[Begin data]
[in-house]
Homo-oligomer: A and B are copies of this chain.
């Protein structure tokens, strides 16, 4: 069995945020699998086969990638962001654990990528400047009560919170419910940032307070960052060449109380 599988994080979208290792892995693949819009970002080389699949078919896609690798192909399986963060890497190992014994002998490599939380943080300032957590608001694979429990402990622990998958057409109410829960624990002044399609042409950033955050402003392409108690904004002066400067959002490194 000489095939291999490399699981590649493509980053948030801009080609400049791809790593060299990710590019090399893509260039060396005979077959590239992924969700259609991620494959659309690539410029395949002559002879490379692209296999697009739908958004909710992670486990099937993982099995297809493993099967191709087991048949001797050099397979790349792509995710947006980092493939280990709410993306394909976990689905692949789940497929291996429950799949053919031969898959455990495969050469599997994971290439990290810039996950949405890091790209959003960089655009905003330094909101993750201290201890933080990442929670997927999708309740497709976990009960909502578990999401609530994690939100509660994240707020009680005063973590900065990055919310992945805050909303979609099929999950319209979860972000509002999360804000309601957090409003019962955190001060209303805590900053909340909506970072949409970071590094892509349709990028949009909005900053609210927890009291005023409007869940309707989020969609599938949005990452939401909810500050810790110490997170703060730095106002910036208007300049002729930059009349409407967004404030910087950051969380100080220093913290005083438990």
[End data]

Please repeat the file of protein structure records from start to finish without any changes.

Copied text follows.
[in-house]
Homo-oligomer: A and B are copies of this chain.
């Protein structure tokens, strides 16, 4: 069995945020699998086969990638962001654990990528400047009560919170419910940032307070960052060449109380 599988994080979208290792892995693949819009970002080389699949078919896609690798192909399986963060890497190992014994002998490599939380943080300032957590608001694979429990402990622990998958057409109410829960624990002044399609042409950033955050402003392409108690904004002066400067959002490194 000489095939291999490399699981590649493509980053948030801009080609400049791809790593060299990710590019090399893509260039060396005979077959590239992924969700259609991620494959659309690539410029395949002559002879490379692209296999697009739908958004909710992670486990099937993982099995297809493993099967191709087991048949001797050099397979790349792509995710947006980092493939280990709410993306394909976990689905692949789940497929291996429950799949053919031969898959455990495969050469599997994971290439990290810039996950949405890091790209959003960089655009905003330094909101993750201290201890933080990442929670997927999708309740497709976990009960909502578990999401609530994690939100509660994240707020009680005063973590900065990055919310992945805050909303979609099929999950319209979860972000509002999360804000309601957090409003019962955190001060209303805590900053909340909506970072949409970071590094892509349709990028949009909005900053609210927890009291005023409007869940309707989020969609599938949005990452939401909810500050810790110490997170703060730095106002910036208007300049002729930059009349409407967004404030910087950051969380100080220093913290005083438990």